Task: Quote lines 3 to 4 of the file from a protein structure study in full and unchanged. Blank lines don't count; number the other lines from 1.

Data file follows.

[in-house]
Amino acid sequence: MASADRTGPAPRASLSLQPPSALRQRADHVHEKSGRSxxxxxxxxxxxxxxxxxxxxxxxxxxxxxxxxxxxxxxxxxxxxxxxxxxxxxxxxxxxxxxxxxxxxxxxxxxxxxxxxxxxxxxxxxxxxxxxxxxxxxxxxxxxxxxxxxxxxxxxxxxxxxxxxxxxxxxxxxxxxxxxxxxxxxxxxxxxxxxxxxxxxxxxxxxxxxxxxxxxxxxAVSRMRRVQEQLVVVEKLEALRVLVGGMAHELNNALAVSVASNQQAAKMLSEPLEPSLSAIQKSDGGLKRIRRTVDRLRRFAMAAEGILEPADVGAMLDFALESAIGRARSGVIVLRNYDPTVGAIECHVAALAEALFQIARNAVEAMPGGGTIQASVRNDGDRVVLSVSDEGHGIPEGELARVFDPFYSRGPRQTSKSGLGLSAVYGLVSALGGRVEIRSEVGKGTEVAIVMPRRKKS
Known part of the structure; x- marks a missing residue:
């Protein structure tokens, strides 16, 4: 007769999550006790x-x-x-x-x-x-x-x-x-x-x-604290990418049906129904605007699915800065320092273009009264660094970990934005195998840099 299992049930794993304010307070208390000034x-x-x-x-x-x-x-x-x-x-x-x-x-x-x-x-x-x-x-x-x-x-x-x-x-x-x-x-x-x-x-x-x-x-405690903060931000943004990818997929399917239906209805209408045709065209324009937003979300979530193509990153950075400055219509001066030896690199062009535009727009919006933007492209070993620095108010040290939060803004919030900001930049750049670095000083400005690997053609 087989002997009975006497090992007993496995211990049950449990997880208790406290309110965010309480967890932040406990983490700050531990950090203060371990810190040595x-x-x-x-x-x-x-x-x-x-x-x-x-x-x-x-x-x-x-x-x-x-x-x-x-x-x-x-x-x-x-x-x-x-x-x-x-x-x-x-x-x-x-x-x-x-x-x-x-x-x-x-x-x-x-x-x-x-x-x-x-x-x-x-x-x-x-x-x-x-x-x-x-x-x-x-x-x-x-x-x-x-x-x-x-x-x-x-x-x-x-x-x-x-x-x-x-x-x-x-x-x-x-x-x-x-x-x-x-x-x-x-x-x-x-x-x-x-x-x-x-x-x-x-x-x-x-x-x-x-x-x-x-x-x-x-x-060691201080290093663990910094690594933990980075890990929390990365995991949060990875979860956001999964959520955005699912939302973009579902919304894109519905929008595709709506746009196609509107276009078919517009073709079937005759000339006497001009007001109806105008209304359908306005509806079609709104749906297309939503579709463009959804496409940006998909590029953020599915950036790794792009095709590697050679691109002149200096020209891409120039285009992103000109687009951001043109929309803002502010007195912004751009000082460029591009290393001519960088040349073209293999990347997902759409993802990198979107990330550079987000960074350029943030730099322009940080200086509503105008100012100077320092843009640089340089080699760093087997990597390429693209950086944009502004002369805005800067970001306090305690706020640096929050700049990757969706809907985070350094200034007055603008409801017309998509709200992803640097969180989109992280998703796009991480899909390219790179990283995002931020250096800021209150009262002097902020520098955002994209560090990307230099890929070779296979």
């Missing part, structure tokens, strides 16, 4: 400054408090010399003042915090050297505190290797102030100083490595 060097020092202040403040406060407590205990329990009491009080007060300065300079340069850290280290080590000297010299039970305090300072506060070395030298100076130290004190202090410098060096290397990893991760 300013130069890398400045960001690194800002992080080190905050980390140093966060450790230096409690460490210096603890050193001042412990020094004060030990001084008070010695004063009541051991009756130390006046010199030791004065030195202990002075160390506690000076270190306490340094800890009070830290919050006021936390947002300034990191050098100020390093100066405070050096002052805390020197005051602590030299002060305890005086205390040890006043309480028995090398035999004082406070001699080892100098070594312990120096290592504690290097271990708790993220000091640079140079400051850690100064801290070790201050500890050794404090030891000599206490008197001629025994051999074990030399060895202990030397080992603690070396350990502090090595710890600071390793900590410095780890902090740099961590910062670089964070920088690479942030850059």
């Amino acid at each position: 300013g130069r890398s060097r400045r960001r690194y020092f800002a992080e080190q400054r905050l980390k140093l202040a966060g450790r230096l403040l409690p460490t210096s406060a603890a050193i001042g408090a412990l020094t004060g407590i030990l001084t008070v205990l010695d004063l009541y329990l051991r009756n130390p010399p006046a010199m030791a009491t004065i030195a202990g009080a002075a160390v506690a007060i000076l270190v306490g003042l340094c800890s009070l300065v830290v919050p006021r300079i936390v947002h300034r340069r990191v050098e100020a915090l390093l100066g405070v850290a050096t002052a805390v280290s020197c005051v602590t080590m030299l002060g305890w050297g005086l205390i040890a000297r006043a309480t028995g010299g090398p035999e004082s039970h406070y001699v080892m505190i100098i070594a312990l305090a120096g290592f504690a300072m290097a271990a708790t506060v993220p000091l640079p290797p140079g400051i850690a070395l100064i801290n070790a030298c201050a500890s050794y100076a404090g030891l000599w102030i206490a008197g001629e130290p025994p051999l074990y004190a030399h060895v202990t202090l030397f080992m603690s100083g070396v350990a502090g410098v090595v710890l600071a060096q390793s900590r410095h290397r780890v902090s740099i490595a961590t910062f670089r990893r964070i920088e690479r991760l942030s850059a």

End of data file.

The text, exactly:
Known part of the structure; x- marks a missing residue:
């Protein structure tokens, strides 16, 4: 007769999550006790x-x-x-x-x-x-x-x-x-x-x-604290990418049906129904605007699915800065320092273009009264660094970990934005195998840099 299992049930794993304010307070208390000034x-x-x-x-x-x-x-x-x-x-x-x-x-x-x-x-x-x-x-x-x-x-x-x-x-x-x-x-x-x-x-x-x-x-405690903060931000943004990818997929399917239906209805209408045709065209324009937003979300979530193509990153950075400055219509001066030896690199062009535009727009919006933007492209070993620095108010040290939060803004919030900001930049750049670095000083400005690997053609 087989002997009975006497090992007993496995211990049950449990997880208790406290309110965010309480967890932040406990983490700050531990950090203060371990810190040595x-x-x-x-x-x-x-x-x-x-x-x-x-x-x-x-x-x-x-x-x-x-x-x-x-x-x-x-x-x-x-x-x-x-x-x-x-x-x-x-x-x-x-x-x-x-x-x-x-x-x-x-x-x-x-x-x-x-x-x-x-x-x-x-x-x-x-x-x-x-x-x-x-x-x-x-x-x-x-x-x-x-x-x-x-x-x-x-x-x-x-x-x-x-x-x-x-x-x-x-x-x-x-x-x-x-x-x-x-x-x-x-x-x-x-x-x-x-x-x-x-x-x-x-x-x-x-x-x-x-x-x-x-x-x-x-x-060691201080290093663990910094690594933990980075890990929390990365995991949060990875979860956001999964959520955005699912939302973009579902919304894109519905929008595709709506746009196609509107276009078919517009073709079937005759000339006497001009007001109806105008209304359908306005509806079609709104749906297309939503579709463009959804496409940006998909590029953020599915950036790794792009095709590697050679691109002149200096020209891409120039285009992103000109687009951001043109929309803002502010007195912004751009000082460029591009290393001519960088040349073209293999990347997902759409993802990198979107990330550079987000960074350029943030730099322009940080200086509503105008100012100077320092843009640089340089080699760093087997990597390429693209950086944009502004002369805005800067970001306090305690706020640096929050700049990757969706809907985070350094200034007055603008409801017309998509709200992803640097969180989109992280998703796009991480899909390219790179990283995002931020250096800021209150009262002097902020520098955002994209560090990307230099890929070779296979």